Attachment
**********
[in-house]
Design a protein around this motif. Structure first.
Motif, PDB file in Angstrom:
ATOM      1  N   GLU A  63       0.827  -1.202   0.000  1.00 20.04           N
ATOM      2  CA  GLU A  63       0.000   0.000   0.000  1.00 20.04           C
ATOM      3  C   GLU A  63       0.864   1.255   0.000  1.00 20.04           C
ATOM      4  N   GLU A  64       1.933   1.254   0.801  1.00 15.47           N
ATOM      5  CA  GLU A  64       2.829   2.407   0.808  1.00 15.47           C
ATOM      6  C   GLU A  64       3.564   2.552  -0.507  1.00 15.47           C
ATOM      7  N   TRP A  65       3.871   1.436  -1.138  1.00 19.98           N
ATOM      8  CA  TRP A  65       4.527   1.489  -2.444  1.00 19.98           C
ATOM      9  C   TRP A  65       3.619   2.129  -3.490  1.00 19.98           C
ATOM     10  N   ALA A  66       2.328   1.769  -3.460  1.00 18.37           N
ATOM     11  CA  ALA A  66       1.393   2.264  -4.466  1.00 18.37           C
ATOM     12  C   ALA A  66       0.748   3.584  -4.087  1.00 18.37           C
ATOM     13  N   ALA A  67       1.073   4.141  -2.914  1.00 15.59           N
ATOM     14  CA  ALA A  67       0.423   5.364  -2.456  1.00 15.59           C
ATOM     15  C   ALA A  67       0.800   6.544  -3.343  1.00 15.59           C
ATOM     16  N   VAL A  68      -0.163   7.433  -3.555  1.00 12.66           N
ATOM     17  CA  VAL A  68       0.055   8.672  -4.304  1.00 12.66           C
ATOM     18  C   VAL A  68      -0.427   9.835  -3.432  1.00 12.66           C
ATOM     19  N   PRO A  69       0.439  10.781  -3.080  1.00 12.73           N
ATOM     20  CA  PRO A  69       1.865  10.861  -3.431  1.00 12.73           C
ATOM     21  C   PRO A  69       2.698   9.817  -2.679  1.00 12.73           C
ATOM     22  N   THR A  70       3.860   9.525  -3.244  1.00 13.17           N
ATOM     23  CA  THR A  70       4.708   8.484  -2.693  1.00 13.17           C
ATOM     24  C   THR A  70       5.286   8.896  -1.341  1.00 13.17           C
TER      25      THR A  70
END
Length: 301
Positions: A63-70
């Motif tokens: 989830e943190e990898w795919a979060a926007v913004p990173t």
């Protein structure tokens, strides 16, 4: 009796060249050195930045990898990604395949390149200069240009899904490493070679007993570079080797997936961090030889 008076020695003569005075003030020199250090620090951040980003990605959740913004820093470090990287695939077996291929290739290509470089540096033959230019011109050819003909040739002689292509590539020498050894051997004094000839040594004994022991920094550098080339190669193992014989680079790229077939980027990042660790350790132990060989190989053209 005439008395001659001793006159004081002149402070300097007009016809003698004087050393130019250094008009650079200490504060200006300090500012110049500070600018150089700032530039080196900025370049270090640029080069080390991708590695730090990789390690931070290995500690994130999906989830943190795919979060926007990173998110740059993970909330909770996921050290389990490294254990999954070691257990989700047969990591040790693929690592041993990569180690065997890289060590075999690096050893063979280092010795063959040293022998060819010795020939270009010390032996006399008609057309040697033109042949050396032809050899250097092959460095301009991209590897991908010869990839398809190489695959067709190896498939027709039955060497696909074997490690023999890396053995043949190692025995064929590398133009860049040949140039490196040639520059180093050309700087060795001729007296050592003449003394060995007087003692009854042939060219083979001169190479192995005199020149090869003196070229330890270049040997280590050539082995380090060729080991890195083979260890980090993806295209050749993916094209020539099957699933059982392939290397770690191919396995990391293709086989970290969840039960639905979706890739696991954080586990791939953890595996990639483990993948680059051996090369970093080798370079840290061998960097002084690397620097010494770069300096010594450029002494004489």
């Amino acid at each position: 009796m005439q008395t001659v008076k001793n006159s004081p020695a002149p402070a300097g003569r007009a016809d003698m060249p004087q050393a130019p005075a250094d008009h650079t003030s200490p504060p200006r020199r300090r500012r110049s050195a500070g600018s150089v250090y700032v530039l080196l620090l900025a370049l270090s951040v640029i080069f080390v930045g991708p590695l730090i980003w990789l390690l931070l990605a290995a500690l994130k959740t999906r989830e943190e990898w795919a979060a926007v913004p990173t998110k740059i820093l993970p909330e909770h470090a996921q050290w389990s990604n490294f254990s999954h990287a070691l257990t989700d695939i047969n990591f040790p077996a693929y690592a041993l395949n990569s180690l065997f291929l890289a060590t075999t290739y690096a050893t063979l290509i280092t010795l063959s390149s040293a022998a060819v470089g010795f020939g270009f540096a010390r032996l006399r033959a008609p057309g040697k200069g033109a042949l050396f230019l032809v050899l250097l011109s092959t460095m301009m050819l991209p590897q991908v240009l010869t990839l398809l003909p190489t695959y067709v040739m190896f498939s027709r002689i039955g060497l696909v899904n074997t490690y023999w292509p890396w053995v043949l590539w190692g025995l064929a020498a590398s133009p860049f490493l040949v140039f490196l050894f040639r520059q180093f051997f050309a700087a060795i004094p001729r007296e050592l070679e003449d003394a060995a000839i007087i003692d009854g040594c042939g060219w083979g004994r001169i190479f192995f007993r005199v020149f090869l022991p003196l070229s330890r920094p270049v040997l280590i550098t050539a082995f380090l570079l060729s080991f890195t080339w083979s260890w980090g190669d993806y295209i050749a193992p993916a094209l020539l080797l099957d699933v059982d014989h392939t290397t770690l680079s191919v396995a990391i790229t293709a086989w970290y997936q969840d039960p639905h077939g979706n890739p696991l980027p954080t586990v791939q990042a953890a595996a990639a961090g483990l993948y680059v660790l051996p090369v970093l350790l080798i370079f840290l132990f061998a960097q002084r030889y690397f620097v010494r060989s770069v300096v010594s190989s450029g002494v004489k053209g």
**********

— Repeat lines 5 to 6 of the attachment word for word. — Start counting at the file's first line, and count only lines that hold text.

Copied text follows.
ATOM      2  CA  GLU A  63       0.000   0.000   0.000  1.00 20.04           C
ATOM      3  C   GLU A  63       0.864   1.255   0.000  1.00 20.04           C